[Student]Glitters, a Friendly Guide for Foreign Students (1)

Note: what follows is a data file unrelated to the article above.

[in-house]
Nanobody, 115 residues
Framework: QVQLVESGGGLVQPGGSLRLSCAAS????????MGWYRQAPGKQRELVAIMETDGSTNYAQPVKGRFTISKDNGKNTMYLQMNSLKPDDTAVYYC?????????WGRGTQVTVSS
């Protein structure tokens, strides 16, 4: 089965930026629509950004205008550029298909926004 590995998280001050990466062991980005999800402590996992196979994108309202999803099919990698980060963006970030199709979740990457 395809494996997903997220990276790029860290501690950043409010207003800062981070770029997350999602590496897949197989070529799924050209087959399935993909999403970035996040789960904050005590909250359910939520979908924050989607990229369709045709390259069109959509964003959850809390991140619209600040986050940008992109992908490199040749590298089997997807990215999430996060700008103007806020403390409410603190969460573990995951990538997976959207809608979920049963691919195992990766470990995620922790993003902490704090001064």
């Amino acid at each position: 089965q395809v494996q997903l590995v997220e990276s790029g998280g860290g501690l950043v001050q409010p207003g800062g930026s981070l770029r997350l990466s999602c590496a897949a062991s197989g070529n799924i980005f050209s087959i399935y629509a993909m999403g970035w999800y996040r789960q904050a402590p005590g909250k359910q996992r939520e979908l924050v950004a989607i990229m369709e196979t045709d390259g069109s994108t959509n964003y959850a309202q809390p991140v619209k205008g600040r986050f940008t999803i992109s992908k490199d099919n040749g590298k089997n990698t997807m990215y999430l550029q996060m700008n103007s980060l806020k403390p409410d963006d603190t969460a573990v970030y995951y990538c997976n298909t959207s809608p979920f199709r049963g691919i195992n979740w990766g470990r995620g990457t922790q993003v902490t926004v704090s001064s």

There are a lot of foreign students around the world who visit and attend Hanyang University (HYU). Due to cultural differences and lack of information about the school system, exchange students may experience difficulties in campus life in Korea. The Division of Business Administration is one of the majors that attracts and admits a large number of foreign students. Therefore, many local students who major in business are likely to take classes with foreign exchange students. Glitters, also referred to as global supporters or ambassadors in the Division of Business Administration, are there to help foreign students by giving them information on Korean culture, corporations, and campus life. This week, News H met one of the members of Glitters, Woo Sung-jun (Business Administration, 3rd yr), to hear about Glitters’ activities. Woo, as a Glitters member, explained about the organization and its activities. A budding organization that helps exchange students “Glitters is a student organization comprised of 10 members, for assisting exchange students’ campus life at HYU and providing info about Korea. Although Glitters was created by the administrative team of the Division of Business Administration, its programs are planned, developed, and carried out by the students,” Woo said. Especially because Glitters was established at the beginning of last year, the members put a lot of effort in creating programs by themselves for international students. Woo said that members of Glitters had some concerns related to how it should take a first step into the right direction as founding members. However, due to biweekly meetings, conversations and cooperation between members, they could create helpful activities for international students and greatly satisfy those who participated. “Glitters provides various chances for business students to get in touch with the business environment. It can broaden the horizon and network of the students. I believe that student can gain lots of benefits from joining the events that are organized by Glitters,” Kwan Ho Yin, an exchange student from Hong Kong, commented. Self-made programs for international students Glitters provides a variety of programs for foreign students that include orientation for international students, 'Nori-ters' (Nori meaning play) during school festival time, ‘Conversation Salons’, and visits to Korean companies. Of all the programs, one of the most successful and popular activities developed by Glitters were two visits to Korean corporations. Woo was the team leader of the two visits. “The two companies that we selected were start-up corporation named Maru 180, visited on November 11th, and a major Korean broadcasting company called JTBC, visited on November 28th.” According to Woo, the choice was due to informing exchange students the concept of start-up corporations that do not exist in foreign countries, and also showing the atmosphere of a rising broadcasting network. Visits to two Korean corporations, Maru 180 (top) and JTBC (bottom). After Glitters selected the companies, contacting, making the advertising posters, planning the program schedule, interpretation between the executives and the international students were all taken care of by the members themselves. “The utmost objective of the visits was interaction. Especially after visiting Maru 180, we tried to give prior information to students about the company that we were planning on going to, in order to proceed well with the Q&A and interview sessions that we planned.” According to the executive of Maru 180, there are few occasions where foreign students visit Korean corporations. Glitters provided the very opportunity for international students to experience, feel the atmosphere, and know more about Korean companies. “About the Conversation Salons, we came up with the form, theme, contents and the questionnaires for communication between exchange students and Koreans. This program intrigued many Korean students because they could have the chance to talk to foreigners,” Woo explained. Glitters started the Conversation Salons with the Samsung batteries issue, but then moved onto more casual topics such as life in Korea. Not only did Glitters organize Conversation Salons and visits to Korean corporations, but they also provided two orientation sessions for foreign students to introduce Korean campus life, global students’ assisted schoolwork and planned Nori-ters, which was also the name of their booth during the school festival that allowed foreign students to experience Korean traditional games and food. “We are planning to provide more activities that can meet the needs of international students, to help them adjust well in the Division of Business Administration and know more about Korea and Korean businesses,” Woo said. After every program, Glitters receives feedback from participants and try to reflect their opinions for subsequent programs. “As a Glitters member, working for international students, I feel like I'm fulfilling important values for international friends. I also learned how to understand and care for foreign students. Anyone who is interested in helping exchange students is welcome to join us as a new member of Glitters. English is an important aspect, but it's even more critical to have the knack for instilling in international friends a life value here in Korea, as well as making the most of of working together as a group.” Woo cheerfully added. Glitters members feel pride in organizing programs and providing information about Korea for international students. Jang Soo-hyun luxkari@hanyang.ac.kr Photos by Moon Ha-na